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mBank Group’s market position of segments

mBank Group’s market position of segments

At the end of 2017, mBank was among the largest Polish banks across all relevant market segments.

Most of the Group subsidiaries also rank high in their respective financial services market segments. The table below presents the market share and the position of mBank and of selected subsidiaries at he end of 2017 compared to 2016 and 2015:

Business category Market position
in 2017*
Market share
2015 2016 2017
Corporate Banking
Corporate loans 6.3% 6.1% 6.4%
Corporate deposits 9.8% 10.1% 6.9%
Leasing 4 7.6% 6.9% 7.4%
Factoring 8 7.8% 7.3% 7.4%
Retail Banking in Poland
Total loans 6.5% 6.5% 6.3%
of which mortgage loans 7.7% 7.5% 6.9%
Non-mortgage loans 4.7% 5.0% 5.4%
Deposits 5.7% 6.1% 5.9%
Retail Banking in the Czech Republic
Total loans 1.4% 1.4% 1.4%
Of which mortgage loans 1.8% 1.8% 1.7%
Non-mortgage loans 0.6% 0.7% 0.8%
Deposits 1.4% 1.6% 1.6%
Retail Banking in Slovakia
Total loans 0.8% 0.7% 0.6%
Of which mortgage loans 1.0% 0.8% 0.6%
Non-mortgage loans 0.4% 0.4% 0.6%
Deposits 1.4% 1.6% 1.7%
Investment Banking
Financial markets
Treasury bills and bonds 12,8% 16,2% 14,8%
IRS/FRA 15,4% 11,5% 12,5%
Non-Treasury securities (the value of debt)
Short-term debt securities 3 6.8% 9.8% 7.4%
Corporate bonds 3 12.4% 11.5% 12.9%
Bank debt securities** 1 36.4% 34.6% 31.2%
Equities trading 6 5.0% 4.4% 5.3%
Futures 3 16.1% 12.3% 11.9%
Options 4 12.8% 9.7% 12.8%

Source: Own calculations based on data from mBank, NBP,WSE, CNB, NBS, Fitch Polska, Polish Factors Association, Polish Leasing Association, press reports.
* Where determinable.
** Excluding “road bonds” issued by Bank Gospodarstwa Krajowego (BGK).

Market environment

mBank Group operates in a changing market environment. Currently, the following factors impact the operations of the banking sector in Poland:

  • A low interest rate environment – interest rates in Poland are at historically low levels – the NBP reference rate stood at 1.5% and WIBOR 3M reached 1.72% at the end of 2017. The low interest rate environment depresses generation of net interest income.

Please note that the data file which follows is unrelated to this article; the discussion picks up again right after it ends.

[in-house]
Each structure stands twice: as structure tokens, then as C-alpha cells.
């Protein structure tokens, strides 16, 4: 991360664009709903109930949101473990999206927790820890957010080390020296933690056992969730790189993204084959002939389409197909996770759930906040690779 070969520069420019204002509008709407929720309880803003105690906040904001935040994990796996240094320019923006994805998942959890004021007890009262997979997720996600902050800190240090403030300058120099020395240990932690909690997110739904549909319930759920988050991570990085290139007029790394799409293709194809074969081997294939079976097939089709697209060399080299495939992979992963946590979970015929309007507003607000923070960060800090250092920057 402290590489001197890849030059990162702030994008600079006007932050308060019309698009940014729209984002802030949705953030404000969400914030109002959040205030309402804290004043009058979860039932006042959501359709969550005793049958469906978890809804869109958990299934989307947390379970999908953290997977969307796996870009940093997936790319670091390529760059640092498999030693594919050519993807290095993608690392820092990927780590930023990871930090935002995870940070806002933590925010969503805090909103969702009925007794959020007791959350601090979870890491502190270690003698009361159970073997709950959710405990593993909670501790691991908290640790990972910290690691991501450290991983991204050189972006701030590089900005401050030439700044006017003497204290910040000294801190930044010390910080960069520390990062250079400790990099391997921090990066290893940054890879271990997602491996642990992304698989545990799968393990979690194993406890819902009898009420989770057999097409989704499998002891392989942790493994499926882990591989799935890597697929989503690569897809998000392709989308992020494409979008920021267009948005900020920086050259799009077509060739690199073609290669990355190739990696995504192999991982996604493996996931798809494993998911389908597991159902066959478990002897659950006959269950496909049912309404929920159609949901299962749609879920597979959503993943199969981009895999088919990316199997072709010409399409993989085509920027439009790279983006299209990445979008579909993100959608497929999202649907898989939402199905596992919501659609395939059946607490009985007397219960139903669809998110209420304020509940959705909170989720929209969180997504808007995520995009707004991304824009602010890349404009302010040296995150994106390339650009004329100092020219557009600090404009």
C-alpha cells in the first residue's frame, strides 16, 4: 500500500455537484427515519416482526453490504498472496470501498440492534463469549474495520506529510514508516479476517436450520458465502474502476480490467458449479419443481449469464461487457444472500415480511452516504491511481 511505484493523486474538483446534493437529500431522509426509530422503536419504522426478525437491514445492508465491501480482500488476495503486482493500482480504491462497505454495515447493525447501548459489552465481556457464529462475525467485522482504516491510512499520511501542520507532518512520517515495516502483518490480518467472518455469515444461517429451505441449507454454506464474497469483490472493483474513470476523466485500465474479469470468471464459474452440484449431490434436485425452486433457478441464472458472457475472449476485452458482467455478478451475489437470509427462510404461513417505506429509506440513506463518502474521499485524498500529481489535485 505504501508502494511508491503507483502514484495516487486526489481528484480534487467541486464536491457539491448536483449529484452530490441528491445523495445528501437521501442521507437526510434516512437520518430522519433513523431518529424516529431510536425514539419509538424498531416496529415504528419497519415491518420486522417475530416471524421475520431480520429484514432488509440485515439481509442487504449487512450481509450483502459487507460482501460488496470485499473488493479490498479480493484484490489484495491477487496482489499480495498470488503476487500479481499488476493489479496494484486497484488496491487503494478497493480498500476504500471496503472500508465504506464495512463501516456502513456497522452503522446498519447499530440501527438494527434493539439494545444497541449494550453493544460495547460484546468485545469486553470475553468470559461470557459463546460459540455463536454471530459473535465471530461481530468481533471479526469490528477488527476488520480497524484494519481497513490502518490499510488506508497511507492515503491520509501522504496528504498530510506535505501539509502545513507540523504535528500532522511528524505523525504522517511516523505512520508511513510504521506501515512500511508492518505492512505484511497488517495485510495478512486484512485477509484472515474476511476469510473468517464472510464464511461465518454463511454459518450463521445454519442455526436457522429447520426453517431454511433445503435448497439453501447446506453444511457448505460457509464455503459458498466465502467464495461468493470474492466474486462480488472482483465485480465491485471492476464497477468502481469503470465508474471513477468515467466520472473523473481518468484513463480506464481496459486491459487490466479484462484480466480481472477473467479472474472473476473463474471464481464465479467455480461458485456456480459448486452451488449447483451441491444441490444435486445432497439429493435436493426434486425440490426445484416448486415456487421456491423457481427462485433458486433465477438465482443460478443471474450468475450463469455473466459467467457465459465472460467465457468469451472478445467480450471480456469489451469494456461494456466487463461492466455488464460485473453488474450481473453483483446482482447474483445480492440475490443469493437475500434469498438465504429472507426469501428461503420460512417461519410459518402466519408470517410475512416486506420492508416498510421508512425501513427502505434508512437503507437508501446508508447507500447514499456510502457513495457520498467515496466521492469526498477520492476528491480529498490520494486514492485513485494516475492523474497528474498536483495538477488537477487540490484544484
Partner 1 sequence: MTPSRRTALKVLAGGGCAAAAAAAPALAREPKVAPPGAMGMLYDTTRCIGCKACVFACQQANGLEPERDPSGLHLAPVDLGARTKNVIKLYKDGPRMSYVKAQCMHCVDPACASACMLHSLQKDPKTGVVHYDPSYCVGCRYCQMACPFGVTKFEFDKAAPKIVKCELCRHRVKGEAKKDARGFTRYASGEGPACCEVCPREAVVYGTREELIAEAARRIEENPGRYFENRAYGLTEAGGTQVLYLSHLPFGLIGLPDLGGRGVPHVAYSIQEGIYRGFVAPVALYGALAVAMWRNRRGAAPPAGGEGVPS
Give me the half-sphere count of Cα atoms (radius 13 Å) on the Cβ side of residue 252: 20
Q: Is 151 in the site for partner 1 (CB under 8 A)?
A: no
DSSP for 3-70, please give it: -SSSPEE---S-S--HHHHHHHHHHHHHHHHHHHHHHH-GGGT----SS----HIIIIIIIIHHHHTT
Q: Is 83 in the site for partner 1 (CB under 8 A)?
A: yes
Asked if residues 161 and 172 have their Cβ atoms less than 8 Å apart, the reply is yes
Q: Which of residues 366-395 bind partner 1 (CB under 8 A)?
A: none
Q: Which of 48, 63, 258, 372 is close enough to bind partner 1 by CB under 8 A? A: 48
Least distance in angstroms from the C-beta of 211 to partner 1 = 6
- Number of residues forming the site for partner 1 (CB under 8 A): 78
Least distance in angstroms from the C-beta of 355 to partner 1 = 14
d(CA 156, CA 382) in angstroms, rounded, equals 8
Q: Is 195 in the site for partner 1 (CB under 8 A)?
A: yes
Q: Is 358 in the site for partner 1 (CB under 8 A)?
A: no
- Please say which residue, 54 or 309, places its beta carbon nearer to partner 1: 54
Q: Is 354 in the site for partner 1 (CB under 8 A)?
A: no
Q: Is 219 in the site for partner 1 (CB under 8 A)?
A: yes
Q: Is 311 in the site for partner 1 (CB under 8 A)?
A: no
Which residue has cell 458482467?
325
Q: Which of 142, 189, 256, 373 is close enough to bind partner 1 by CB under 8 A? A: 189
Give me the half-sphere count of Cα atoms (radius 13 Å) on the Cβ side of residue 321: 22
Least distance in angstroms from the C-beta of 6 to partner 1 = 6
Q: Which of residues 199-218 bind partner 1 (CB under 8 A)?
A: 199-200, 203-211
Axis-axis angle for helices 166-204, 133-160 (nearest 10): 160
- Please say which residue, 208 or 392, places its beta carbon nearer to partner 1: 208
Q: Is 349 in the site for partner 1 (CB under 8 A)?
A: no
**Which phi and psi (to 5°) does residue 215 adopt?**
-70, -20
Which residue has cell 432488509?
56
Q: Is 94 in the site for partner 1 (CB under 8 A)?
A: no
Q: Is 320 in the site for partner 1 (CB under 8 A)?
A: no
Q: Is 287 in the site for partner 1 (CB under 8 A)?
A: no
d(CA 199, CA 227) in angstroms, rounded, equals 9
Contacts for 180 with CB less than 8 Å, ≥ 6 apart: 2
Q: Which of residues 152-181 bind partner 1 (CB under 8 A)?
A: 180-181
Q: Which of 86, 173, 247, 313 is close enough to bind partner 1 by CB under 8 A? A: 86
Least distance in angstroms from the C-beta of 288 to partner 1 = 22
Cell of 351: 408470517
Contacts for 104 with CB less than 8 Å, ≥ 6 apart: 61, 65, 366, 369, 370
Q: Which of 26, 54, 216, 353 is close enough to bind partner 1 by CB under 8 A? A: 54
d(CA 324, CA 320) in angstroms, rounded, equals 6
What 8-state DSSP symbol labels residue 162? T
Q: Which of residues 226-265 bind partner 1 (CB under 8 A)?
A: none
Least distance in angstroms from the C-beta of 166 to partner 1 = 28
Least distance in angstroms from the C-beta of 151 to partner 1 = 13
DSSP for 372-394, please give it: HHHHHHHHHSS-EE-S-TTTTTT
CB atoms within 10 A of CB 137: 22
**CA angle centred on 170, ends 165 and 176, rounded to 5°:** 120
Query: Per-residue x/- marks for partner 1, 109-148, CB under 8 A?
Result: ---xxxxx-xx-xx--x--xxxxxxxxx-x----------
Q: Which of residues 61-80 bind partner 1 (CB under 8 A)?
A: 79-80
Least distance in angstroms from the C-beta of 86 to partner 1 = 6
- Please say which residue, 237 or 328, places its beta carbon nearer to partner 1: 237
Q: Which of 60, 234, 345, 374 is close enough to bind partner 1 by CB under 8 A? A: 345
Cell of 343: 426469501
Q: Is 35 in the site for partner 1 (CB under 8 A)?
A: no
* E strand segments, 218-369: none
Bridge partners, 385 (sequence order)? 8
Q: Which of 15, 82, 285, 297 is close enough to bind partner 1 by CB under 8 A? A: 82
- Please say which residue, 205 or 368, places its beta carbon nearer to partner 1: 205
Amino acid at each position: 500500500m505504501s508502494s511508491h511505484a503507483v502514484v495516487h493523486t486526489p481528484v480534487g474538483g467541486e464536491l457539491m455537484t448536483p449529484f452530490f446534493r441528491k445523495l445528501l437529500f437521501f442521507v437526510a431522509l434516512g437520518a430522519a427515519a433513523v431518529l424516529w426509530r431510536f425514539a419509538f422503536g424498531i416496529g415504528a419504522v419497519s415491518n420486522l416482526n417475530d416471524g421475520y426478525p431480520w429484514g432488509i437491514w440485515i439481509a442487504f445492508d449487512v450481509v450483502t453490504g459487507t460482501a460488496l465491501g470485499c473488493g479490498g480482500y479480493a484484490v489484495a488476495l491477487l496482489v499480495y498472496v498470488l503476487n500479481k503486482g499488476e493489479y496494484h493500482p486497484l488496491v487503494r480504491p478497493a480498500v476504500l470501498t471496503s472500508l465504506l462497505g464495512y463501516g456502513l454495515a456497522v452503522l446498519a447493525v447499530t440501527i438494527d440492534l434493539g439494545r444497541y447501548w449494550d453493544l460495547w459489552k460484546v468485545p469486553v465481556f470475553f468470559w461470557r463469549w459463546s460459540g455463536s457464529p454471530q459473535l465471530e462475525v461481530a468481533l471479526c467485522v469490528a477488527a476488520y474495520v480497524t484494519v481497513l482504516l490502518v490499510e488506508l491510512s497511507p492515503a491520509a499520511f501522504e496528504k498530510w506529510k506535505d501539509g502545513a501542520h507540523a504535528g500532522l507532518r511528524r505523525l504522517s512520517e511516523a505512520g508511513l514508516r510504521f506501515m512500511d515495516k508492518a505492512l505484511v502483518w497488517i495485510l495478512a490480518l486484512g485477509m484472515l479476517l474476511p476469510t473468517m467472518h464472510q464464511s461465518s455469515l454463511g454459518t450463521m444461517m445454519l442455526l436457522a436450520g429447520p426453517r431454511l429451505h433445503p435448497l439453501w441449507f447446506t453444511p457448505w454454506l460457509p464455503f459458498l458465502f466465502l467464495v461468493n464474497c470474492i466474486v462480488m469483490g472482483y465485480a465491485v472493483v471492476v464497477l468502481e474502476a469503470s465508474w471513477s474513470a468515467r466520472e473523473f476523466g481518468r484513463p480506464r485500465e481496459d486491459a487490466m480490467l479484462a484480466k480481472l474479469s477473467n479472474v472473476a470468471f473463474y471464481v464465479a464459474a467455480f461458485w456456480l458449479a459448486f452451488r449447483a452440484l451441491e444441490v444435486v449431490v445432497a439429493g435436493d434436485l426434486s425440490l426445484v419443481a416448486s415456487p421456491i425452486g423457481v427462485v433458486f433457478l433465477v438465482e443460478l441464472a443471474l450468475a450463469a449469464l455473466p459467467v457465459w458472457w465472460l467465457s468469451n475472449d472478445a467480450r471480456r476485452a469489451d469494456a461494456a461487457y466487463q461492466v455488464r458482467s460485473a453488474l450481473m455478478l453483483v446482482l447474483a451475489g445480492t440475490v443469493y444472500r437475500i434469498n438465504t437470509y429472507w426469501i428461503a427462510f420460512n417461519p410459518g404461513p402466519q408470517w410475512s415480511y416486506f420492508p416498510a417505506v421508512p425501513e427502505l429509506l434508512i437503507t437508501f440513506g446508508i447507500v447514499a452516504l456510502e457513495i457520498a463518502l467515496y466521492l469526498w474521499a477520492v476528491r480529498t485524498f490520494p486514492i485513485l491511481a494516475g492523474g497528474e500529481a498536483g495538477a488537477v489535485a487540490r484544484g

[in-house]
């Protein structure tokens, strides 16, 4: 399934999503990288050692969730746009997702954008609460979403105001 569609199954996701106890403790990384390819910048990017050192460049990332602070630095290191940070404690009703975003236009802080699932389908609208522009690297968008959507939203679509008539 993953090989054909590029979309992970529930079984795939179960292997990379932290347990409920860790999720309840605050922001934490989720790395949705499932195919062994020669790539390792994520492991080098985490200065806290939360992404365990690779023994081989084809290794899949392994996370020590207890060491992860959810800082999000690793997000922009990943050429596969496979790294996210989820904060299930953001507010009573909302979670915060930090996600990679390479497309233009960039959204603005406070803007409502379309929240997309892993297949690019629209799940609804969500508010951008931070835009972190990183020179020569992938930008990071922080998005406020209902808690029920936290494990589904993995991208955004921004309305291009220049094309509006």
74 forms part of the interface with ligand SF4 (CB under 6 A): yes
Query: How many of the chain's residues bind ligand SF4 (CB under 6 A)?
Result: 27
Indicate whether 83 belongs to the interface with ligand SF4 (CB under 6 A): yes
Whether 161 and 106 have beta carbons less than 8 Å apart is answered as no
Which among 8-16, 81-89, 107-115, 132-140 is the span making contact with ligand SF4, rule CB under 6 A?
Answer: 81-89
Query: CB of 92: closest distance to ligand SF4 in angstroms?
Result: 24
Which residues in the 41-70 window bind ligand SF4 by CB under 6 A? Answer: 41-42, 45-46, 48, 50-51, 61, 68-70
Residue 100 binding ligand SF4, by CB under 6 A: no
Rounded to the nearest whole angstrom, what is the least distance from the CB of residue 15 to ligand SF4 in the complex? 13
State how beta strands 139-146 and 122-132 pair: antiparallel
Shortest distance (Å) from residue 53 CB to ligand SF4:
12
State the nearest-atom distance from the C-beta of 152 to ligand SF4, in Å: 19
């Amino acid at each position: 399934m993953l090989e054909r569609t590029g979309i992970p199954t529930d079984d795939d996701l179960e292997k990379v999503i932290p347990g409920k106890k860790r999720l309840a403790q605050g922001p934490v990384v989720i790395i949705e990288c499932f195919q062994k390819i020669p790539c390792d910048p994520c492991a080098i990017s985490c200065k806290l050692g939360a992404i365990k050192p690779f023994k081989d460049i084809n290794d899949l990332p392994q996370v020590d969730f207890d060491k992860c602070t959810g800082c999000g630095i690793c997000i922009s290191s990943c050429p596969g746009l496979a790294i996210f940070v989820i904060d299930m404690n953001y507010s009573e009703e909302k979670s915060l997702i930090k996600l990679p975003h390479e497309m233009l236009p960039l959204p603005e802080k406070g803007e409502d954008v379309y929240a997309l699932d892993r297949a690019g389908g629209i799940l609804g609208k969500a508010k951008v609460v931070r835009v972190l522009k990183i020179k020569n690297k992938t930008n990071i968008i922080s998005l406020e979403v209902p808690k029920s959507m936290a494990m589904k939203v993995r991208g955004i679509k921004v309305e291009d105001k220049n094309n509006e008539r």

• Limited interchange rates, i.e. commissions paid to the bank by the settlement agent for every noncash transaction made with a payment card issued by the bank, to the level of 0.2% for debit cards and 0.3% for credit cards (from the end of January 2015). It restricts the generation of net fee
    and commission income.
  • The introduction of a new tax on certain financial institutions (so called „bank tax”) in February 2016 in the amount of 0.44% of assets annually. 2017 was the first year when banks paid tax for 12 months.
  • Stricter regulatory requirements, putting pressure on capital, costs as well as operations.
  • Proposals to convert the mortgage FX loans, mainly CHF loans, to PLN, and currently ongoing work on the President’s bill changing the act on the support of troubled borrowers who have taken out a mortgage loan. It assumes the creation of two funds, of which one would support the voluntary conversion of mortgage loans in foreign currency (for more information see chapter 2.2. Regulatory environment).
  • Consolidation of the banking sector – banks with insufficient scale give way to bigger and stronger entities. Consequently, the share of five largest institutions in total banking assets in Poland grew from 43.9% in 2010 to 47.8% at the end of 2017 (according to PFSA).
  • Challenges related to the management and storage of personal data and deposits security in the Internet – so-called cyber risk.
  • Spreading technological solutions and demographic processes change clients’ behaviour. Customers increasingly prefer to bank outside of the branches as their main contact center with banks.
  • Declining trust in the banking sector as a result of the ongoing debate in relation to the FX mortgage loans, started on 2015.
  • Non-financial sector players (FinTechs) are gradually entering traditional banking territories and offer innovative financial solutions. Additionally, the PSD2 Directive (Payment Services Directive 2) as of November 2015 will abolish banks’ monopoly in the market for payment services (Poland will implement the EU law in Q1 2018).